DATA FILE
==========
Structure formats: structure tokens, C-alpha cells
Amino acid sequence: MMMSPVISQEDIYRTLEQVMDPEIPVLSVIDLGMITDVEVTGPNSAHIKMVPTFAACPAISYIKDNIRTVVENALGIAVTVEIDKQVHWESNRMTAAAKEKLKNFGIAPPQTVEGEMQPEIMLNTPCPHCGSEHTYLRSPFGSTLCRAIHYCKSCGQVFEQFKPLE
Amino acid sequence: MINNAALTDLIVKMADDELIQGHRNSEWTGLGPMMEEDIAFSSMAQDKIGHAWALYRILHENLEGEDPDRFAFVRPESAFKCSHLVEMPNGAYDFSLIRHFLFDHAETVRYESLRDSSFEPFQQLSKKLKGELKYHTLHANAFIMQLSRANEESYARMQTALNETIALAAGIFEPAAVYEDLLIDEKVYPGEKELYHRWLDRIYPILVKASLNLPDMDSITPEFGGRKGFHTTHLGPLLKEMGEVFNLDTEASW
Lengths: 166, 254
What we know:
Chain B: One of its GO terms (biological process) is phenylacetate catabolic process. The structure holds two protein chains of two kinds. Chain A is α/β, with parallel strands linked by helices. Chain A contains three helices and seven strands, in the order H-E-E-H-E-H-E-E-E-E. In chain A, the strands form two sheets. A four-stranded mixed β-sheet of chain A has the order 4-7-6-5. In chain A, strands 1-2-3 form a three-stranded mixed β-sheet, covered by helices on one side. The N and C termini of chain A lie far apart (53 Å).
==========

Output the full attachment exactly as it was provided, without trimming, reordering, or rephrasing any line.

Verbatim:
Structure formats: structure tokens, C-alpha cells
Amino acid sequence: MMMSPVISQEDIYRTLEQVMDPEIPVLSVIDLGMITDVEVTGPNSAHIKMVPTFAACPAISYIKDNIRTVVENALGIAVTVEIDKQVHWESNRMTAAAKEKLKNFGIAPPQTVEGEMQPEIMLNTPCPHCGSEHTYLRSPFGSTLCRAIHYCKSCGQVFEQFKPLE
Amino acid sequence: MINNAALTDLIVKMADDELIQGHRNSEWTGLGPMMEEDIAFSSMAQDKIGHAWALYRILHENLEGEDPDRFAFVRPESAFKCSHLVEMPNGAYDFSLIRHFLFDHAETVRYESLRDSSFEPFQQLSKKLKGELKYHTLHANAFIMQLSRANEESYARMQTALNETIALAAGIFEPAAVYEDLLIDEKVYPGEKELYHRWLDRIYPILVKASLNLPDMDSITPEFGGRKGFHTTHLGPLLKEMGEVFNLDTEASW
Lengths: 166, 254
What we know:
Chain B: One of its GO terms (biological process) is phenylacetate catabolic process. The structure holds two protein chains of two kinds. Chain A is α/β, with parallel strands linked by helices. Chain A contains three helices and seven strands, in the order H-E-E-H-E-H-E-E-E-E. In chain A, the strands form two sheets. A four-stranded mixed β-sheet of chain A has the order 4-7-6-5. In chain A, strands 1-2-3 form a three-stranded mixed β-sheet, covered by helices on one side. The N and C termini of chain A lie far apart (53 Å).